Issue 25

KILL THE BEEB

To understand why Bulgaria has become the only EU country – and one of a handful of states in the world with dubious media records – to ban the BBC World Service on FM, one has to consider the historical background.

Since the BBC started broadcasting to the world in the 1930s, the Bulgarian governments have been either less than enthusiastic about it or openly hostile – exactly the opposite of what listeners who relied on the BBC for fast and reliable information felt like.

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CREDIT CRUNCH BLUES? NOT IN BULGARIA

In July a Bulgarian bank approved a 500,000 euro mortgage for an apartment in Sofia. To repay the loan, in the next 25 years the "lucky" borrower will pay monthly instalments of 3,500 euros. The media has been touting this record loan as an example that Bulgaria has successfully avoided the repercussions of the global credit crunch. But is this a fact or just wishful thinking?

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THE 1920s, THROUGH THE EYES OF A BAVARIAN WOMAN

"Sofia Central Station disappointed me: it is small, untidy, the waiting halls are lacking any kind of standard." No, this isn't an online travel forum posting in which a Western tourist vents his exasperation that, despite Bulgaria's being part of the EU, travelling on its railways is not on a par with that in Germany. Instead, this is a diary entry by a frozen and exhausted woman about her arrival in Bulgaria for the first time in January 1924.

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RUDOLF BARTSCH

You must have seen them if you live or happened to visit Sofia in late September – a dozen of billboards in key spots in Sofia carrying a rather unusual message. Rather than bank deposits and high-end residential properties, they advertise… men. Not the glossy and groomed Beckham variety but the unglamourous, ordinary type.

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AND THE DANUBE FLOWS ON

Mountains divide people, rivers unite them — and the Danube is no exception. Any archaeologist will tell you that for thousands of years the Danube used to unite the peoples who lived along its banks. However, in the 1st Century AD the Roman legions arrived and Europe's second-largest river after the Volga became a dividing line between "civilisation" and the "barbarians."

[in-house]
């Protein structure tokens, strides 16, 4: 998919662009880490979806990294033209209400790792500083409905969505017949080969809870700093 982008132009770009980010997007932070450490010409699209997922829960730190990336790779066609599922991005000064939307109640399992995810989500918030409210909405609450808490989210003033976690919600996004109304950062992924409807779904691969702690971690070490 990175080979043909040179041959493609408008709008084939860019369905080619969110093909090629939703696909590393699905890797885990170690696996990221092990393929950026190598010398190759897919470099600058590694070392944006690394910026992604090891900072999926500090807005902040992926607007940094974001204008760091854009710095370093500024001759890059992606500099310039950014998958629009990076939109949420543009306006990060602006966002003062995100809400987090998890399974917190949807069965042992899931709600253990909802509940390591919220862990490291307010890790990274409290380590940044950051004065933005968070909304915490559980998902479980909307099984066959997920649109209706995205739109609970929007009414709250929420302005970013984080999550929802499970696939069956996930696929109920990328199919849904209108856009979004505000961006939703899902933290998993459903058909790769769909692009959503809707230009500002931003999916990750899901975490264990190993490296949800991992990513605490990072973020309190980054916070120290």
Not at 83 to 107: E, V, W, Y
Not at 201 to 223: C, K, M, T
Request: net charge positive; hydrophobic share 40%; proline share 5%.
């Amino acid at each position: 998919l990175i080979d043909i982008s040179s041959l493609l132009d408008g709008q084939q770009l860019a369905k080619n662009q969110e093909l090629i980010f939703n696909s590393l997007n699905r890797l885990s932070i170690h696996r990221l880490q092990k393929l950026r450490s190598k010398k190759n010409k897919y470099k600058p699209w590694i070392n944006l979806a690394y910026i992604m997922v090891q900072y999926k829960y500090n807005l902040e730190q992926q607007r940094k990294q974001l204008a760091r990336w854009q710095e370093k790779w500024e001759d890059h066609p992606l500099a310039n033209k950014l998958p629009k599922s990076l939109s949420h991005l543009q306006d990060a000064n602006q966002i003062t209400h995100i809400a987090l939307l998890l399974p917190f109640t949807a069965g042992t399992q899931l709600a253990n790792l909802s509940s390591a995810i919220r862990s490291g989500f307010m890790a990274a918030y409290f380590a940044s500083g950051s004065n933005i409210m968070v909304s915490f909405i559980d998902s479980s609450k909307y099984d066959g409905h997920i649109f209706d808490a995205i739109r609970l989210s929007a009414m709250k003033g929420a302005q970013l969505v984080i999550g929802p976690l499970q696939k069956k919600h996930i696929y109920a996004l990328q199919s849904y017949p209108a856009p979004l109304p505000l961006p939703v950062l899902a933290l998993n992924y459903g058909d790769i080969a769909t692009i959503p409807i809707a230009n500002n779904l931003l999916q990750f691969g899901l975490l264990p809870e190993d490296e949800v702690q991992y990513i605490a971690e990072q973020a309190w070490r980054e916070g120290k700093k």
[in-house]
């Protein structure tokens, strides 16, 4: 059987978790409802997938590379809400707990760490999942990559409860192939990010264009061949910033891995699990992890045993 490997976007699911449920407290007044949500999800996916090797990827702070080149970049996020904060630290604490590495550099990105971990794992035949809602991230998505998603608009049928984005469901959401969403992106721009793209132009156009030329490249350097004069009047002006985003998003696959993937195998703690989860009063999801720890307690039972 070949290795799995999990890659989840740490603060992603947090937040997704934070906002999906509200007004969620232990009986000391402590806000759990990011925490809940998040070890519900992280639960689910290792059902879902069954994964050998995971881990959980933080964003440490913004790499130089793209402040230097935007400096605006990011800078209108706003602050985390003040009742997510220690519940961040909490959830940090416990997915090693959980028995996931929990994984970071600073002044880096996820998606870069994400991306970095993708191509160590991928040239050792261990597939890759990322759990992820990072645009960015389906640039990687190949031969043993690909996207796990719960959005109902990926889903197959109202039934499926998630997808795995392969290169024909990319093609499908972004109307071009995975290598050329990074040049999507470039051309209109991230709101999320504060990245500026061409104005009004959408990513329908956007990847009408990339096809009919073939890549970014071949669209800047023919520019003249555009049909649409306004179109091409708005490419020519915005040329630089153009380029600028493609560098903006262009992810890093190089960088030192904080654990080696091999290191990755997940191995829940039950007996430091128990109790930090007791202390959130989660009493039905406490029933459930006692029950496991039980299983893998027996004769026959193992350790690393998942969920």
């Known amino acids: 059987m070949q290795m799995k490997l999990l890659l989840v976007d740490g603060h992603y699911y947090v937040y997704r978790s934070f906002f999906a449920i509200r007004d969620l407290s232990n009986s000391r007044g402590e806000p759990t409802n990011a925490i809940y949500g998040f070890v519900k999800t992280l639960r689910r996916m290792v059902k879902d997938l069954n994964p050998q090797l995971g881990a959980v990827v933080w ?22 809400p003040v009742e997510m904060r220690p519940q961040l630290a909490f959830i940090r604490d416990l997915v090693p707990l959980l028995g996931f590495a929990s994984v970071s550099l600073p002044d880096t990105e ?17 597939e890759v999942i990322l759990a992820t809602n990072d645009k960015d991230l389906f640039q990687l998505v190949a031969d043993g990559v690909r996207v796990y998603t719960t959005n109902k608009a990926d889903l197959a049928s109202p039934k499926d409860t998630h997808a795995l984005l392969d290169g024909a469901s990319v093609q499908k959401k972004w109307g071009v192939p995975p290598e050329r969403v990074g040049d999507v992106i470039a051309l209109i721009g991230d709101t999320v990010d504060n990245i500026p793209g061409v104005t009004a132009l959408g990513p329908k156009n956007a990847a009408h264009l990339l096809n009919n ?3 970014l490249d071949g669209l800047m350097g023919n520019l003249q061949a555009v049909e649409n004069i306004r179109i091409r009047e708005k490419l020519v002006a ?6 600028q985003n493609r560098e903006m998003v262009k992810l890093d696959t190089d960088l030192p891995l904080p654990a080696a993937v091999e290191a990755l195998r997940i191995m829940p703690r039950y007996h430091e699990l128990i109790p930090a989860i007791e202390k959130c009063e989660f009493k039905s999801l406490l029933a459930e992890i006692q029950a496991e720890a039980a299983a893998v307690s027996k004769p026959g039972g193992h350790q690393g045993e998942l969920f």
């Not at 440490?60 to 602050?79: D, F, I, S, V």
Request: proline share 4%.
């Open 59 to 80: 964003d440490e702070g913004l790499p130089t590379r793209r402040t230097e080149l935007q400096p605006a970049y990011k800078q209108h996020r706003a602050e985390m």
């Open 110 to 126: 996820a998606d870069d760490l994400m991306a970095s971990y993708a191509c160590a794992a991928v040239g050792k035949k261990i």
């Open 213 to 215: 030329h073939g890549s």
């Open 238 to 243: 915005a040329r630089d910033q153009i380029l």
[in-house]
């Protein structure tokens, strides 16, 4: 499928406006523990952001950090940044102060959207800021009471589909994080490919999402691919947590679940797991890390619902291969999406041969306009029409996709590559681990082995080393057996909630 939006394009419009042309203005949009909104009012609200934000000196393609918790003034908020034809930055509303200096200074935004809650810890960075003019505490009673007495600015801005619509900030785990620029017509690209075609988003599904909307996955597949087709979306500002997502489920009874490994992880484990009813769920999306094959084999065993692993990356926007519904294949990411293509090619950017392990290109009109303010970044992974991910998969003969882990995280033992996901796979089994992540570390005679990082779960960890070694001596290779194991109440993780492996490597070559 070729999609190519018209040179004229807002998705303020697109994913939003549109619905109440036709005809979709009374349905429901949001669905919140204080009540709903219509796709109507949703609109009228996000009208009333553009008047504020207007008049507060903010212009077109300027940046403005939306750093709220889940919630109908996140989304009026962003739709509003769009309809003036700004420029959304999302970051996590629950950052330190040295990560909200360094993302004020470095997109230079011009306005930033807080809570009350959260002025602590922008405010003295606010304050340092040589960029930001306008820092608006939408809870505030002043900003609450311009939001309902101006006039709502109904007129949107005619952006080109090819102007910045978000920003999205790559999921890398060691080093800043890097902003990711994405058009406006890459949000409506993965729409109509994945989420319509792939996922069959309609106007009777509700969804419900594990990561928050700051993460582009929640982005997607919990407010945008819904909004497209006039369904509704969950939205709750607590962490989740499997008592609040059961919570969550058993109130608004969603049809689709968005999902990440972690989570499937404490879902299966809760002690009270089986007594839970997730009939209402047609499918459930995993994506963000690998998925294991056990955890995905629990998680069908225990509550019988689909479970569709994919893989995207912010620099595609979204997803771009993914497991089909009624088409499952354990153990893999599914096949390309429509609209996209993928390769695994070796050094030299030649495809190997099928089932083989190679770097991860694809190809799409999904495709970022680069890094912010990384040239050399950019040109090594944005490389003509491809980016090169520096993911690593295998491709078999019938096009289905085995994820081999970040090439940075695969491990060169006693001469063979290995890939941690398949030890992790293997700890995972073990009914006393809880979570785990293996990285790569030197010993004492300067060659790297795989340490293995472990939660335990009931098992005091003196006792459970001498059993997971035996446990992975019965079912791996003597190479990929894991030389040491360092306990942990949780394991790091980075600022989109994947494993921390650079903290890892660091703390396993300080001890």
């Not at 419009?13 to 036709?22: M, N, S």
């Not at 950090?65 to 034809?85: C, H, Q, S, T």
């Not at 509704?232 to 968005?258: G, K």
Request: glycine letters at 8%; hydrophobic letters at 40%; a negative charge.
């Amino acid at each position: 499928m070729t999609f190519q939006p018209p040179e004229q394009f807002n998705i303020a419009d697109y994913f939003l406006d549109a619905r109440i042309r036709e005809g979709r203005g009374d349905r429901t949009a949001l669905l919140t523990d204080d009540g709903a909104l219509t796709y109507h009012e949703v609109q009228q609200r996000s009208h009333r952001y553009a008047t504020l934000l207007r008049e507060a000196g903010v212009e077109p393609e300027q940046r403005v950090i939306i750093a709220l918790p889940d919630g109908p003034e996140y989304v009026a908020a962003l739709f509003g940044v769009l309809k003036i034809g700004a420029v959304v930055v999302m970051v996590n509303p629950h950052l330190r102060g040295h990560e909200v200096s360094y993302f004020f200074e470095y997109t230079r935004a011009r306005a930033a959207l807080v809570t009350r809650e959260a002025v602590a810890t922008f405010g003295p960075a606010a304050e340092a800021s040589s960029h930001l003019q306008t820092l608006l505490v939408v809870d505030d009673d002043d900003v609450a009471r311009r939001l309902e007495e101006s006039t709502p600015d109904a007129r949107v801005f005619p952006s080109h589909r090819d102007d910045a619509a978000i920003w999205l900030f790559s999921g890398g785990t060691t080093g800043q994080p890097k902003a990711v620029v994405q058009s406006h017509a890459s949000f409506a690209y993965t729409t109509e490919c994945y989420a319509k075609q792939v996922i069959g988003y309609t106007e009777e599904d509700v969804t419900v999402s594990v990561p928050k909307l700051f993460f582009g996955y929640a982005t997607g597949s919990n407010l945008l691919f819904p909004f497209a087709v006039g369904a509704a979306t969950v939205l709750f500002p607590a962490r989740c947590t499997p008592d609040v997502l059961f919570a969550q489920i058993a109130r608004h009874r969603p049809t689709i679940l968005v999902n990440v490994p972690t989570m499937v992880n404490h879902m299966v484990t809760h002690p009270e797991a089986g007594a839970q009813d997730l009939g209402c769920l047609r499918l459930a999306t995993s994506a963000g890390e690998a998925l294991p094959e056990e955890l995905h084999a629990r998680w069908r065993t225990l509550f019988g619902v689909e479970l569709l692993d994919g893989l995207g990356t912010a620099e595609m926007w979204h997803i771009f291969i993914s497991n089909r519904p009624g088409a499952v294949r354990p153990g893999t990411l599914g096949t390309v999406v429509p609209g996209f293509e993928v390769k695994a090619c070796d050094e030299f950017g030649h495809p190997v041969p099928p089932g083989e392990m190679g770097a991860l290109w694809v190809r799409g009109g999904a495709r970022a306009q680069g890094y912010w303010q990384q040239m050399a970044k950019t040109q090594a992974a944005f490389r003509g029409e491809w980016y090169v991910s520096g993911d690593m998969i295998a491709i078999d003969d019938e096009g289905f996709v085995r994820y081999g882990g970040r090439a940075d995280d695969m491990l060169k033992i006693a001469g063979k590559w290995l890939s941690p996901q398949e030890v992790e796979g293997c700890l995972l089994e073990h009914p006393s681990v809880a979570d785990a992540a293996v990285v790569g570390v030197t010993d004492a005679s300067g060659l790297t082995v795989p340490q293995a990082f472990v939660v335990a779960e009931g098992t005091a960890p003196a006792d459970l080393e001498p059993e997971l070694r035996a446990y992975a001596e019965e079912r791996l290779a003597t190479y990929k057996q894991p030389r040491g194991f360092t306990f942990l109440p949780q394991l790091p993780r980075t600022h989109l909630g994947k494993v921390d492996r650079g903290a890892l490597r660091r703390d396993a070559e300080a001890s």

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CITIZEN HH.

Hristo Hristov is a quiet man with an aristocratic goatee who sits in an office, writes books and appears unharmful to anybody because he looks like an oldfashioned librarian. But in fact he is a very dangerous man. During the past decade he gained access to and meticulously studied hundreds of archive volumes belonging to the Communist-era State Security, or Darzhavna sigurnost. In them he has found some horrifying documents proving beyond any reasonable doubt what now NATO and EU Bulgaria got itself involved in when the Communist Party and the Warsaw Pact were in place.

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FOR THE LIFE OF A DOG

Tierschutz Mission Phönix, the only animal refuge in the 100 km radius of Burgas, have been told to leave. The municipality wish to build a holiday park over the small piece of land by the road from Burgas to Sozopol, so the shelter faces a date with a bulldozer.

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MEMORIES FROM A HOT SEA AND BUYING A ROPE

There are no avider postcard fans in the world than German tourists. When they arrive in a new place, they waste no time seeing the sights, but rush to the bookstores where they wrestle with other German tourists to lay hands on the best local postcards and write greetings to all their acquaintances, aunts and distant cousins "at home." Then they quickly resume their journeys, without ever bothering to take a look at the towns they've been in. For them postcard writing is a fulltime job.

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MY OWN CHOICE: DR MITKO VASSILEV

Everyone living and working in a multicultural environment is aware that each country has its own specifics as to the ways of communication, business practices and even leisure. In my years-long work at the German-Bulgarian Chamber of Industry and Commerce, I have had the opportunity to gain first-hand experience in this. My German partners make a distinct difference between the professional and the personal, whereas for Bulgarian business people this line is blurred and personal contacts are given somewhat greater weight.

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OKTOBER FEASTS